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state library of queensland
Australian Library of Art

Reading two monologues

By Anne Scheu | 10 October 2012

This is the first of our guest blogs in which photographer and bookmaker Victoria Cooper gives us her impressions of Monologues, a book of mezzotints by Graeme Peebles with a text by Gottfried Benn.
Images of all pages of the book are available through the Onesearch catalogue.

In the process of viewing/reading a work of poetry or visual art, rather than attempt to interpret it, I become part of a collaborative montage with the artist or the writer/poet. What results is a multifaceted experience and performance of reading that is shaped by:
  • the site of the book,
  • my physical interaction with it,
  • the appearance of the skill in the production of the object,  and
  • my life stories along with those of the book artist and writer.

The book, Monologues, essentially contains a poem by Gottfried Benn (1886-1956), and mezzotints by Graeme Peebles (1955-). But there are also other contributing parties: concept and design by Petr Herel (1943-), the English translation from Benn’s German text by Christopher Middleton (1926-), the master printer, Bill Young (King Valley Studio, Victoria), the typography composed by Thierry Bouchard in Losne, France and printed by Les Petersen, the box maker and so on. All of these internal actants influence my reading/viewing of the book. The external environment also contributes to a reading experience.

For me, books are most powerful close to their referential site. Here the environment and activity (both sensorial and intellectual) enable a time/space continuum conducive to the reading. I consider the reading of Monologues at the stage of printing with the smell of ink and paper, what then would I experience? Would the reading of this book be influenced by the external sensations of the print studio, its materials and process?

It should also be noted that this book is available for viewing via computer screen, presenting an entirely different modality of reading. The computer screen deactivates much of the sensorial and object-ness created by the artist and artisan contributors. Then there is the gallery vitrine where the book  becomes symbolic but unreadable. This then leaves only one site, for me, where the book can be read—the Library.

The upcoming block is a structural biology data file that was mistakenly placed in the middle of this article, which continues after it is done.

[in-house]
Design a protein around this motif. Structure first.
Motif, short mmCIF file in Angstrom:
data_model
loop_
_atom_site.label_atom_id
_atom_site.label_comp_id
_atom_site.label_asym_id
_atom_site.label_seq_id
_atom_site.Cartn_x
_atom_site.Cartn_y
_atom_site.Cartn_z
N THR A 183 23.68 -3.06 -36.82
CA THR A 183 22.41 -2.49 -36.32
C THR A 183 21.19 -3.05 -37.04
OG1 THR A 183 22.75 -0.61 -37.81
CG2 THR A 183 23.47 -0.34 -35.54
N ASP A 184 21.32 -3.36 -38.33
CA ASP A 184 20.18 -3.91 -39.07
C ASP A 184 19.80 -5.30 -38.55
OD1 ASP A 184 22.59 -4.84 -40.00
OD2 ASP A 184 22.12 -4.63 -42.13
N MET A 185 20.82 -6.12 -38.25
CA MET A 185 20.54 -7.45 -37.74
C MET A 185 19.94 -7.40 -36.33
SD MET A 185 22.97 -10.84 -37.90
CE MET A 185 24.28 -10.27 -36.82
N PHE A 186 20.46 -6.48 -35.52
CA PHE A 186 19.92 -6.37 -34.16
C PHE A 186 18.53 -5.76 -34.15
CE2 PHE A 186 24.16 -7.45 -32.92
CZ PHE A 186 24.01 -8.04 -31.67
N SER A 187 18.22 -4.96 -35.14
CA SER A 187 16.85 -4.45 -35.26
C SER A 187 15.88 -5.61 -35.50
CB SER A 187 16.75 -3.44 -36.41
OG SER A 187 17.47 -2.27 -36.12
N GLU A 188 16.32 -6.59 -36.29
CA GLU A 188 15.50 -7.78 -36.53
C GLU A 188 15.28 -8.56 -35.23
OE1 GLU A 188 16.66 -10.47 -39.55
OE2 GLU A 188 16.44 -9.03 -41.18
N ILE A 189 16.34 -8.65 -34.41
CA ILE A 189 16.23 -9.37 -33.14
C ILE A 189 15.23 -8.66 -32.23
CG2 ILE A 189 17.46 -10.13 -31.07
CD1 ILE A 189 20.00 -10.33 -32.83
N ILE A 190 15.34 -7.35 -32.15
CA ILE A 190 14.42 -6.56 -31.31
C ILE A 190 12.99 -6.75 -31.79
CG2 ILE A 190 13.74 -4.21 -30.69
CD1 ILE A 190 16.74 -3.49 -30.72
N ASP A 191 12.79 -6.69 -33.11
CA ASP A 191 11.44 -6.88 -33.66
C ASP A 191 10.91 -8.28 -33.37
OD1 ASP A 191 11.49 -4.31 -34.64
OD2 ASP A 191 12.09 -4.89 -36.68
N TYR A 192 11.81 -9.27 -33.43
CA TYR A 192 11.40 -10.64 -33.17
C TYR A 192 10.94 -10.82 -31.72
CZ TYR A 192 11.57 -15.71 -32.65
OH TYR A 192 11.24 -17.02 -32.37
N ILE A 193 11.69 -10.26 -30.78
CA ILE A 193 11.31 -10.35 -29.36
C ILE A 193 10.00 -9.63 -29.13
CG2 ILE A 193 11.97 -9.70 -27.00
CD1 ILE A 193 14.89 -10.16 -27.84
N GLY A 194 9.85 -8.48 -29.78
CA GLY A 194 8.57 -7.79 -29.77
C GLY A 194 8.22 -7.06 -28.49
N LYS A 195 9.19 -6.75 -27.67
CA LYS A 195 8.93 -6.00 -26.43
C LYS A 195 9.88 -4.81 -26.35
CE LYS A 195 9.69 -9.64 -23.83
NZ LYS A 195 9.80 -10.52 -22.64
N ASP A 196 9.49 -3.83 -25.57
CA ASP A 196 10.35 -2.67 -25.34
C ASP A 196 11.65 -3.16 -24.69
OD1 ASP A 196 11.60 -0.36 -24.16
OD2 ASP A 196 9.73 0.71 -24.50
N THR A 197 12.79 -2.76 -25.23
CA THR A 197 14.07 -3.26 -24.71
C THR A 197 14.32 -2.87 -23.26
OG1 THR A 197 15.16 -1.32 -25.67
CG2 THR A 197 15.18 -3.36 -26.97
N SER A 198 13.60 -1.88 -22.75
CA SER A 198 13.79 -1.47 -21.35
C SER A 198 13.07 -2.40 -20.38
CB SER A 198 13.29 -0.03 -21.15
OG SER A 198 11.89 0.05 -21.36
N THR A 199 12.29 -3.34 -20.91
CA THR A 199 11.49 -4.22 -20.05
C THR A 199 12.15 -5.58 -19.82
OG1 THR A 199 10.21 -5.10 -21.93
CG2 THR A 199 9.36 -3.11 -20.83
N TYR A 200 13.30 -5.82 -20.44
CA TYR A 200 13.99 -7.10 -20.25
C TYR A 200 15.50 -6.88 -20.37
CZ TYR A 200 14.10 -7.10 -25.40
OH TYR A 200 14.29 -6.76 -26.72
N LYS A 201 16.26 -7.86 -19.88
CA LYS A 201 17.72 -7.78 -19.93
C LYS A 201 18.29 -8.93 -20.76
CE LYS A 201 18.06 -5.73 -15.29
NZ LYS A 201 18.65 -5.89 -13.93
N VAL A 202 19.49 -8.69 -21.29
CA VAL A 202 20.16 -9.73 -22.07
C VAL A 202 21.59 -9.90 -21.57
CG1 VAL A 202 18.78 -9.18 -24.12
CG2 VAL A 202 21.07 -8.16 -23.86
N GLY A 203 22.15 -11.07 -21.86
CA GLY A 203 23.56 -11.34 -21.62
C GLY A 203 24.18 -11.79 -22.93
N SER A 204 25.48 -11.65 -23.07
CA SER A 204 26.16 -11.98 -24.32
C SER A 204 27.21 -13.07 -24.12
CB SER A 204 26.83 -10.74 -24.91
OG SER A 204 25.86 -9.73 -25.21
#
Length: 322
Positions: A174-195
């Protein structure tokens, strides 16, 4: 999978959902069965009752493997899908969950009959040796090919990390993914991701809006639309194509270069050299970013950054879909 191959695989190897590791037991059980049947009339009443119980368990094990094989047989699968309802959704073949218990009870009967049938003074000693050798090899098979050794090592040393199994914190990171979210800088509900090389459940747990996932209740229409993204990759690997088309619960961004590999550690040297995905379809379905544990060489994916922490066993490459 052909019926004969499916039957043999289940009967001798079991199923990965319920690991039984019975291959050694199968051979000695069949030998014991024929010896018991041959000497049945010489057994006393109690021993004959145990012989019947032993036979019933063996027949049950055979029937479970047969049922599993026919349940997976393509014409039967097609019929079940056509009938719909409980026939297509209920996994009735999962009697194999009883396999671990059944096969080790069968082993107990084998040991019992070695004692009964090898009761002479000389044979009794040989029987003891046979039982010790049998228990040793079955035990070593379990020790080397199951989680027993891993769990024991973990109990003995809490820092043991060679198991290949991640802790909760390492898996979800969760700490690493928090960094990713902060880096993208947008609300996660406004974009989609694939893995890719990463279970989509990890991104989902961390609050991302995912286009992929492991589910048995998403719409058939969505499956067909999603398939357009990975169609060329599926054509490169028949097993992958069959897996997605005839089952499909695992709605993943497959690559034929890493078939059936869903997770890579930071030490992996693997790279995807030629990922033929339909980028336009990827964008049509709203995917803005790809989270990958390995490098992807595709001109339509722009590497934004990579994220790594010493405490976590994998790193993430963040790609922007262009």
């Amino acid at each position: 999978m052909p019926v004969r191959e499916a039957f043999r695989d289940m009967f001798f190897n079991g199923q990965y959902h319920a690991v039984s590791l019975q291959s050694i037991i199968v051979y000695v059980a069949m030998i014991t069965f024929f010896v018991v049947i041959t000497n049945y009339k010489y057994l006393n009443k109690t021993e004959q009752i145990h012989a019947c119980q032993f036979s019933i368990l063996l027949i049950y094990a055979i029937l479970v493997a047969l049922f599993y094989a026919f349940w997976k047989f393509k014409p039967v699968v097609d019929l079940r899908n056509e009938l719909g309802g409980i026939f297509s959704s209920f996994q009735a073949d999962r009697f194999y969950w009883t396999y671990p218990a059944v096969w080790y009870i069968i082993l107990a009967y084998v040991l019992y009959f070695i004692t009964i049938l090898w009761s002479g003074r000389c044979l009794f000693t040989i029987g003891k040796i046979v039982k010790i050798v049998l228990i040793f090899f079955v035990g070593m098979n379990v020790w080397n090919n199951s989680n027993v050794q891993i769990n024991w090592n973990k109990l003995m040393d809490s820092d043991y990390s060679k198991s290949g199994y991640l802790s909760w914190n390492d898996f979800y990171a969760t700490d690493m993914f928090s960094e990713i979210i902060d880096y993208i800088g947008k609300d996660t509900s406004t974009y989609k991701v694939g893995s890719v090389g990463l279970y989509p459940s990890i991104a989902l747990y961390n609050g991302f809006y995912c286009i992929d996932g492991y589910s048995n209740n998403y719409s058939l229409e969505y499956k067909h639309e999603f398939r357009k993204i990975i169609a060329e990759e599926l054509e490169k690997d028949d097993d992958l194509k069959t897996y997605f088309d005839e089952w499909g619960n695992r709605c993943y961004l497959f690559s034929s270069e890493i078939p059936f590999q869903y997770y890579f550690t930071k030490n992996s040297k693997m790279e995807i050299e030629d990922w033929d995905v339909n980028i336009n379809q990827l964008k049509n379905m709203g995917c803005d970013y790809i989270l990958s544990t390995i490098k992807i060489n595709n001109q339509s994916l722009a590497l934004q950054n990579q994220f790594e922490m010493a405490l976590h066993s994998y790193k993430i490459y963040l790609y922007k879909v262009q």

I am in the site of the Library’s quiet and reflective space. I physically and spatially discern the book. It is an object to be touched, its textural qualities to be contemplated as part of this site’s reverence for the book. As I read the images in Monologues, I seek visual metaphors and elements of change—the development and contrasting of ideas.
The artist, Peebles, supervises the application of colour and tone through multiple printings of two plates. This visual poet intellectualizes objects as symbols and signs floating in a grey foggy darkness that subtly changes with colour and tone and detail. For me, the subtle inclusions of colour, the quiet sharpness of the visual metaphors, the cross-section of a cut apple, ‘speak’ a silent poem of life and death.
Benn’s poem is confronting, strong and emotional, transporting me to a darker place. To read the poem is to engage in a battle or a rage - something to feel rather than see. I return again and again, I am left reeling—as from the unforseen suicide of a friend committed without a parting note.
As explained in the library catalogue notes, both the artist and the poet were purposely uninformed in this unlikely posthumous (well after the death of Gottfried Benn) collaboration.  But Herel has presented this as a conceptual work where inevitably the images connect the words in the readers mind. In my many readings, both in the Library and on the screen, I found the following words reverberate across both Monologues, at a point where the prints and the poem work in synchronicity. 

“To die means leaving all these things unsolved,
the images unsure, and the hungry dreams
abandoned in the rifts between the worlds — . . .”

As a reader, the visual poetic metaphors in Monologues connect me with the unresolvable and the abandoned—where like finding a lost treasure I am rewarded by new insights and layers into my own potential for reading.

Victoria Cooper



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